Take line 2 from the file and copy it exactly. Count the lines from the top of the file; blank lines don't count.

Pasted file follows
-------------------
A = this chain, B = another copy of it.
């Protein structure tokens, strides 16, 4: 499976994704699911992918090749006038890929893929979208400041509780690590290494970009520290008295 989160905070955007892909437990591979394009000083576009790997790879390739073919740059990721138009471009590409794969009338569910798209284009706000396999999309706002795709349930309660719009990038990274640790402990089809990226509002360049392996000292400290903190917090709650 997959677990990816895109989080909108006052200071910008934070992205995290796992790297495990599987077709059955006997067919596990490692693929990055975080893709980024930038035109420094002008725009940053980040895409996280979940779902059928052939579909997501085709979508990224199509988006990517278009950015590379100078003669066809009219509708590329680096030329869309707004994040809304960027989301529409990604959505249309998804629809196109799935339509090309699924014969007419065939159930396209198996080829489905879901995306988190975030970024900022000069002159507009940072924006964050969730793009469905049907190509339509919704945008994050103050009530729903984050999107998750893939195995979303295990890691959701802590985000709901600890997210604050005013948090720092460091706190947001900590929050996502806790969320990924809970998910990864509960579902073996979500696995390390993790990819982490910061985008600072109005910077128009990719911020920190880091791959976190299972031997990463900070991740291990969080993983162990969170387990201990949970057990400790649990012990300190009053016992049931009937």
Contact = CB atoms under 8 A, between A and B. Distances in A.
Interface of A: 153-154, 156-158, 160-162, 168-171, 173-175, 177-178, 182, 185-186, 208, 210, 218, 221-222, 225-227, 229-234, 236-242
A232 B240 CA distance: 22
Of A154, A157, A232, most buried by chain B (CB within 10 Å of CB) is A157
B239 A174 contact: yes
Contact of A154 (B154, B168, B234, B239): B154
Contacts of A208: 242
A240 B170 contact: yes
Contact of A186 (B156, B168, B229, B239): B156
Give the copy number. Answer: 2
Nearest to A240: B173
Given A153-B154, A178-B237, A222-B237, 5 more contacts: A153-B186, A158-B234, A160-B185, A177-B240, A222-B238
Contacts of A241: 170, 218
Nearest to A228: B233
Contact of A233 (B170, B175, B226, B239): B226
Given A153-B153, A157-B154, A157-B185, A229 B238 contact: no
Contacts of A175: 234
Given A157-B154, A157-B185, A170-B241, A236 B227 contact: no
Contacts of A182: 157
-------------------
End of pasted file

């Protein structure tokens, strides 16, 4: 499976994704699911992918090749006038890929893929979208400041509780690590290494970009520290008295 989160905070955007892909437990591979394009000083576009790997790879390739073919740059990721138009471009590409794969009338569910798209284009706000396999999309706002795709349930309660719009990038990274640790402990089809990226509002360049392996000292400290903190917090709650 997959677990990816895109989080909108006052200071910008934070992205995290796992790297495990599987077709059955006997067919596990490692693929990055975080893709980024930038035109420094002008725009940053980040895409996280979940779902059928052939579909997501085709979508990224199509988006990517278009950015590379100078003669066809009219509708590329680096030329869309707004994040809304960027989301529409990604959505249309998804629809196109799935339509090309699924014969007419065939159930396209198996080829489905879901995306988190975030970024900022000069002159507009940072924006964050969730793009469905049907190509339509919704945008994050103050009530729903984050999107998750893939195995979303295990890691959701802590985000709901600890997210604050005013948090720092460091706190947001900590929050996502806790969320990924809970998910990864509960579902073996979500696995390390993790990819982490910061985008600072109005910077128009990719911020920190880091791959976190299972031997990463900070991740291990969080993983162990969170387990201990949970057990400790649990012990300190009053016992049931009937």